As both a parent of college-age children and a member of a publicly held diversified industrial company (Eaton Corporation) board of directors, I have more than a casual interest in the state of U.S. manufacturing investment and employment. I am struck by the fact that, on the one hand, our country has a nominal unemployment rate of a little over 8%, but a real unemployment rate (which includes those who want to work, but have given up applying for new employment) of over 10%; while, on the other hand, according to a 2011 study conducted by Deloitte and The Manufacturing Institute, it is highly likely that over 600,000 available manufacturing jobs are going unfilled because of a shortage of skilled workers to fill them.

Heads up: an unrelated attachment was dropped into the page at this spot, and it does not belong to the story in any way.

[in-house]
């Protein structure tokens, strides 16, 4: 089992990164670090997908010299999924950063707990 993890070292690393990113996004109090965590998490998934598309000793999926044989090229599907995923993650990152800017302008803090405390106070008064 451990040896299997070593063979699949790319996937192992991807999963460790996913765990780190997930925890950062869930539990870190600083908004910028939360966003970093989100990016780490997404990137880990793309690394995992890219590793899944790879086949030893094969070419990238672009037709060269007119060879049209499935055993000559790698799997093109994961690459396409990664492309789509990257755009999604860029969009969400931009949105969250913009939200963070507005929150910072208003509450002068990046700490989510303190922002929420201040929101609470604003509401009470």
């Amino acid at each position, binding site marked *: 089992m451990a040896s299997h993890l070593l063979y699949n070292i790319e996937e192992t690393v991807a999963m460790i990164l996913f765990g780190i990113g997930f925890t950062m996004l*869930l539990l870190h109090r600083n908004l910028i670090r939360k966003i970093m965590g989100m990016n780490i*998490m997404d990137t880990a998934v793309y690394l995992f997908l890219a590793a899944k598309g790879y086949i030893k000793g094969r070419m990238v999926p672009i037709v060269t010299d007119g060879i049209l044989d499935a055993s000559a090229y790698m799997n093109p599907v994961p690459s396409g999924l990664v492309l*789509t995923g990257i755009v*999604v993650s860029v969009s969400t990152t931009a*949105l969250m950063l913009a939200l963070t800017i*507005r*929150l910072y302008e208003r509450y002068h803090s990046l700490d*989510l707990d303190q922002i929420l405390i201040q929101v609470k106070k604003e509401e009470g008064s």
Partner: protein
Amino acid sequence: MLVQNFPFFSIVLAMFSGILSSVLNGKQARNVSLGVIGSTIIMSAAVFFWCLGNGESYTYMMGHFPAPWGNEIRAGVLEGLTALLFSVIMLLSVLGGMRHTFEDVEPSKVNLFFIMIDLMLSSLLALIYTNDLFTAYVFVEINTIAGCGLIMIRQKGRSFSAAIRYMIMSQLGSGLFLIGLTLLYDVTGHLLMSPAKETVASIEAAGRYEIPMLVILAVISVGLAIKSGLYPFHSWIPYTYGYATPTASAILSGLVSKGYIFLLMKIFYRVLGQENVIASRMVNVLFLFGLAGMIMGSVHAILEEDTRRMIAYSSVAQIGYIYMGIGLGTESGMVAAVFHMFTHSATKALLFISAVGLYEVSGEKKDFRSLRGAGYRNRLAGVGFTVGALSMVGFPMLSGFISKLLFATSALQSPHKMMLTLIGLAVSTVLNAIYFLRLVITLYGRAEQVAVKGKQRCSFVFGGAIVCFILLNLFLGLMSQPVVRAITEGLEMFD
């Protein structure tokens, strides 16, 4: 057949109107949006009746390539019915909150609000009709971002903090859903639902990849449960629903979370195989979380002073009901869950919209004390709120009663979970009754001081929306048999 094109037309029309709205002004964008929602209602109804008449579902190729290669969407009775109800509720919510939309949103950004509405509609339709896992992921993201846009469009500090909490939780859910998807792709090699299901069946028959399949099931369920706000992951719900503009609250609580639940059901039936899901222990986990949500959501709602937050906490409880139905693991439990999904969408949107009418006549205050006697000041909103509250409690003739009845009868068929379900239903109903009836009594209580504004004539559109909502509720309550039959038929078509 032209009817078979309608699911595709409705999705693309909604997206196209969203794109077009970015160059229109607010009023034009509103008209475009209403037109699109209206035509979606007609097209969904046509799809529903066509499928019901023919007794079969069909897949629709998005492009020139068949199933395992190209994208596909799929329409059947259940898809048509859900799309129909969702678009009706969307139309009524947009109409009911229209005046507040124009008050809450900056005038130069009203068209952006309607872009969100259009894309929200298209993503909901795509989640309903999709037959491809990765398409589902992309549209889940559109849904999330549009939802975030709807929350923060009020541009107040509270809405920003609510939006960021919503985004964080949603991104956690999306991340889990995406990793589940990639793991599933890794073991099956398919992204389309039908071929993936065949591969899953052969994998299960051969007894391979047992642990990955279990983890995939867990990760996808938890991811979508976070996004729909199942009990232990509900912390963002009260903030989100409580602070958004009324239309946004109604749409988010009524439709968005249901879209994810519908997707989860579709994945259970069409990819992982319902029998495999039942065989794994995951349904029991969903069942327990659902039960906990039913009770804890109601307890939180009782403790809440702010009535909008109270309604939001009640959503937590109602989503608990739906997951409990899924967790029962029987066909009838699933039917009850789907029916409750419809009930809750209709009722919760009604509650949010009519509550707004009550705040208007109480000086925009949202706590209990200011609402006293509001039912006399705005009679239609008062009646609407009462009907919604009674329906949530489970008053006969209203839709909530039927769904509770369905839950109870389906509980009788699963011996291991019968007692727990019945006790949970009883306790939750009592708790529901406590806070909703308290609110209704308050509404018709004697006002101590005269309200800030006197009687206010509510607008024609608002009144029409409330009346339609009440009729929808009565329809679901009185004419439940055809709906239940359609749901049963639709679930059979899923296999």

What distresses me when I read a report like this is the dysfunctional direction in which parents of college-age children and the colleges and universities nudge young people. Given what I know about the exciting and innovative products and services industrial companies like Eaton Corporation (a company led by a once-in-a-generation CEO, Alexander “Sandy” Cutler) provide to the global marketplace, I would jump at the chance to get started in a career in a manufacturing-oriented company. Moreover, unless I had a passion for a four-year college education, I would seriously consider either a two-year community college degree, or a time-compressed college education (graduating in 3 or 3 ½ years, instead of four).